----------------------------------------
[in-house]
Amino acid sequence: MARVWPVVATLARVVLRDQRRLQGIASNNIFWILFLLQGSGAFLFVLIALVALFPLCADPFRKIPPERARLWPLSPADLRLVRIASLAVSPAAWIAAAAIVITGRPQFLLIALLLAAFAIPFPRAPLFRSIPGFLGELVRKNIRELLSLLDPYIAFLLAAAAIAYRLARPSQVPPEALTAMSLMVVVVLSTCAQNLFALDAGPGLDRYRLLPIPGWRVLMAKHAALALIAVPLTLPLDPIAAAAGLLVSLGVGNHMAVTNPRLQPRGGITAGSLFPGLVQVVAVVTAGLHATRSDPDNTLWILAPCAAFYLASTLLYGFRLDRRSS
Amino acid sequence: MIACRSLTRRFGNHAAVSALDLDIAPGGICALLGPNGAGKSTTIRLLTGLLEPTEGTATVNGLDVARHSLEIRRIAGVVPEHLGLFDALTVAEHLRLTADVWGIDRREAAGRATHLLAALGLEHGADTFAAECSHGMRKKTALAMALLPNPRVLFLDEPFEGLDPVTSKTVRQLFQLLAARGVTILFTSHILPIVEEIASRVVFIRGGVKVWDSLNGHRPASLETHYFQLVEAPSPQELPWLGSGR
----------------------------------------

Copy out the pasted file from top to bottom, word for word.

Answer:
[in-house]
Amino acid sequence: MARVWPVVATLARVVLRDQRRLQGIASNNIFWILFLLQGSGAFLFVLIALVALFPLCADPFRKIPPERARLWPLSPADLRLVRIASLAVSPAAWIAAAAIVITGRPQFLLIALLLAAFAIPFPRAPLFRSIPGFLGELVRKNIRELLSLLDPYIAFLLAAAAIAYRLARPSQVPPEALTAMSLMVVVVLSTCAQNLFALDAGPGLDRYRLLPIPGWRVLMAKHAALALIAVPLTLPLDPIAAAAGLLVSLGVGNHMAVTNPRLQPRGGITAGSLFPGLVQVVAVVTAGLHATRSDPDNTLWILAPCAAFYLASTLLYGFRLDRRSS
Amino acid sequence: MIACRSLTRRFGNHAAVSALDLDIAPGGICALLGPNGAGKSTTIRLLTGLLEPTEGTATVNGLDVARHSLEIRRIAGVVPEHLGLFDALTVAEHLRLTADVWGIDRREAAGRATHLLAALGLEHGADTFAAECSHGMRKKTALAMALLPNPRVLFLDEPFEGLDPVTSKTVRQLFQLLAARGVTILFTSHILPIVEEIASRVVFIRGGVKVWDSLNGHRPASLETHYFQLVEAPSPQELPWLGSGR